According to Euromonitor International, the sector has a predicted compound annual growth rate (CAGR) of 5%.
The market research firm said this makes halal labelling the “most optimistic” in terms of the growth of ethical labelling for packaged food and drinks, outpacing others such as recycling, charity, ‘no added sugar’ and ‘no artificial’ claims.
Emil Fazira, analyst, Food and Nutrition, Euromonitor International, said the growth is driven by the UAE and Indonesia, although Asia Pacific remains the largest contributor with US$50bn in 2017.
Emil said the cultural and religious mix across Asia Pacific, and the presence of strong accreditation bodies, makes the region’s halal segment a relatively stable and lucrative market.
“It is interesting to note that China is among the highest-ranked in (halal) value sales despite having a Muslim minority population,” said Emil.
One feature of this phenomenon that Emil highlighted was that strong regulators from the likes of Malaysia, Singapore and Indonesia are key in setting a high standard for other markets to follow.
Across Asia Pacific, governments and religious bodies are working together to improve the domestic state of halal regulation, with visible efforts being seen in Thailand, the Philippines and other countries.
Despite demands in the market for a unified global standard to ease manufacturers’ challenges in getting certified, the emergence of one is unlikely in the foreseeable future. Therefore, guidelines will likely remain separate and vary across markets.
Dr Khairil Ismahafiz Muhadzir, group chief commercial officer (CCO) of DagangHalal — one of the world’s largest online halal marketplaces that works closely with Malaysian and international certification authorities — had affirmed this status quo while speaking on food safety and the supply chain at Food and Hotel Asia 2018 recently.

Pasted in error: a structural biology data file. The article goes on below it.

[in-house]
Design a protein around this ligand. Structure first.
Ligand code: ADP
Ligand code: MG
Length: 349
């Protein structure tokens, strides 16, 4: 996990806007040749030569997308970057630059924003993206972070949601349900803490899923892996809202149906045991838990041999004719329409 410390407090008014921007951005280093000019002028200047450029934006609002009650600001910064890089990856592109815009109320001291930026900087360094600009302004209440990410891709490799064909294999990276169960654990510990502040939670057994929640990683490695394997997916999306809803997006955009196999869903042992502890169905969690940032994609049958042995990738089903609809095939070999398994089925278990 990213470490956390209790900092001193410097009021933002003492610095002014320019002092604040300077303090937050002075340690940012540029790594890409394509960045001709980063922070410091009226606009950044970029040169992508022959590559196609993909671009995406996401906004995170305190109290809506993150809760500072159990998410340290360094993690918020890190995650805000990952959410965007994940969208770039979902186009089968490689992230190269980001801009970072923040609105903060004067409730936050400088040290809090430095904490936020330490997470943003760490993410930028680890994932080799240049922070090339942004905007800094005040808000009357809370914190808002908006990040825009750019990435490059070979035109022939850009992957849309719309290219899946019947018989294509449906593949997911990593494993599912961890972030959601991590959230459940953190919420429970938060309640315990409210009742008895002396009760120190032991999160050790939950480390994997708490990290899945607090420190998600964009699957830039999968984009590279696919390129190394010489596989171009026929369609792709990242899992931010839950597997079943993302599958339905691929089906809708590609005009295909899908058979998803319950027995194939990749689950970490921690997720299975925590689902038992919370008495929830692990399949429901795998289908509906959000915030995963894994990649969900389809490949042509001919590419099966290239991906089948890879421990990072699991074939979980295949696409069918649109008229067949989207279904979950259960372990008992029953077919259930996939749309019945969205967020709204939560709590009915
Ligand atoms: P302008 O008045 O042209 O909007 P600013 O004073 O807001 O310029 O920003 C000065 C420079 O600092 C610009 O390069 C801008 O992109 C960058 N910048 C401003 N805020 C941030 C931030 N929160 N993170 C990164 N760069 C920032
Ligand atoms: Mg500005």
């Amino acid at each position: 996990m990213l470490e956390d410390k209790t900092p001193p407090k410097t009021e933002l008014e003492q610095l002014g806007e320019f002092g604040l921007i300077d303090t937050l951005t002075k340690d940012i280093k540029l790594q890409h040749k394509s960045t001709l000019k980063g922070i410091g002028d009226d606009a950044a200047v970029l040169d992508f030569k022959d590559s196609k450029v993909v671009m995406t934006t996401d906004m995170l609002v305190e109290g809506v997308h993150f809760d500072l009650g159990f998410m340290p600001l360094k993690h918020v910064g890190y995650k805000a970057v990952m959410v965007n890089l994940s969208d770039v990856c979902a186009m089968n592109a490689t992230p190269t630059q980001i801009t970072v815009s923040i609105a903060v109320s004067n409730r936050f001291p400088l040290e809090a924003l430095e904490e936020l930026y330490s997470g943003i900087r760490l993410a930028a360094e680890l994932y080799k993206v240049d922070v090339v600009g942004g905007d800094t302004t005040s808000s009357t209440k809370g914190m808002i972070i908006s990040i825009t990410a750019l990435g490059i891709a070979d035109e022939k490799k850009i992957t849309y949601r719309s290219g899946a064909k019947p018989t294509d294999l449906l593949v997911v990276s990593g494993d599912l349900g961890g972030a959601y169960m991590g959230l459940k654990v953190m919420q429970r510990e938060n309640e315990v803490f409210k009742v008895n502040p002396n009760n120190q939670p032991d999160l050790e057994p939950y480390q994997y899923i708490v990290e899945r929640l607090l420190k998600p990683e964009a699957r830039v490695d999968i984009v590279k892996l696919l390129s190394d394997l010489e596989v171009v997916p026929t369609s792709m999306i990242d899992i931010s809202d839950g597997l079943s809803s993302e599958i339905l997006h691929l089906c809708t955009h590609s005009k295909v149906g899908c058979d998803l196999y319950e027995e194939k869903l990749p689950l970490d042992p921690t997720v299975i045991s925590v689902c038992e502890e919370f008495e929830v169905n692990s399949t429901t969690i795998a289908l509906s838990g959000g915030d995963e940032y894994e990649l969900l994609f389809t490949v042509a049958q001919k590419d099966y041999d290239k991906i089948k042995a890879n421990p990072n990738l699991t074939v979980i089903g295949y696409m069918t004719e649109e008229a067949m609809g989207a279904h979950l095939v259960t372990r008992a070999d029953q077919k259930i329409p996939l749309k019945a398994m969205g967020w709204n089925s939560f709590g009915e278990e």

Alternative halal compliance strategies?
According to Emil, due to various reasons such as financial capability, uncertainty, and lack of awareness, other claims of halal compliance are gaining popularity to claim a slice of the growing halal pie.
She said Muslim-owned businesses which leverage on consumer trust and shared values between business-owner and consumers are common.
Hence, Muslim-owned businesses represent potential white spaces for halal-certified ingredients manufacturers to tap into. On the other hand, Muslim-owned businesses for packaged products may not be able to project these values visibly to consumers and to gain their trust, in which case certification provides more (or clearer) assurance.
She added that there are also businesses which choose to claim the exclusion of prohibited ingredients in Islamic law, which relies on the knowledge of consumers to exercise their own discretion when purchasing.
False logos and unaccredited logos further add to the confusion, with illegal syndicates found in less regulated regions or self-designed logos added to product packaging to ride on the trend.
“Pakistan, Indonesia, China and the Philippines are key Asian markets to learn from as they have varying challenges and government strategies, in addition to being in different stages of stability for halal regulation,” said Emil.
Holistic ethical labelling
Even though halal labelling is set to show the strongest growth, ethical positioning is also imperative, said Emil.
“Packaging labelling could be further supported by other ethical values such as animal welfare and environmental sustainability in order to achieve a holistic ethical positioning. This will also appeal to non-Muslim consumers for a longer-term impact,” she said.
Previously, Emil shared on how food firms can achieve halal sales success in light of burgeoning demand for halal products in Asia.
Meanwhile, Dr Khairil spoke on the growing need for complementary halal logistics but warned that firms need to rise up to the challenge.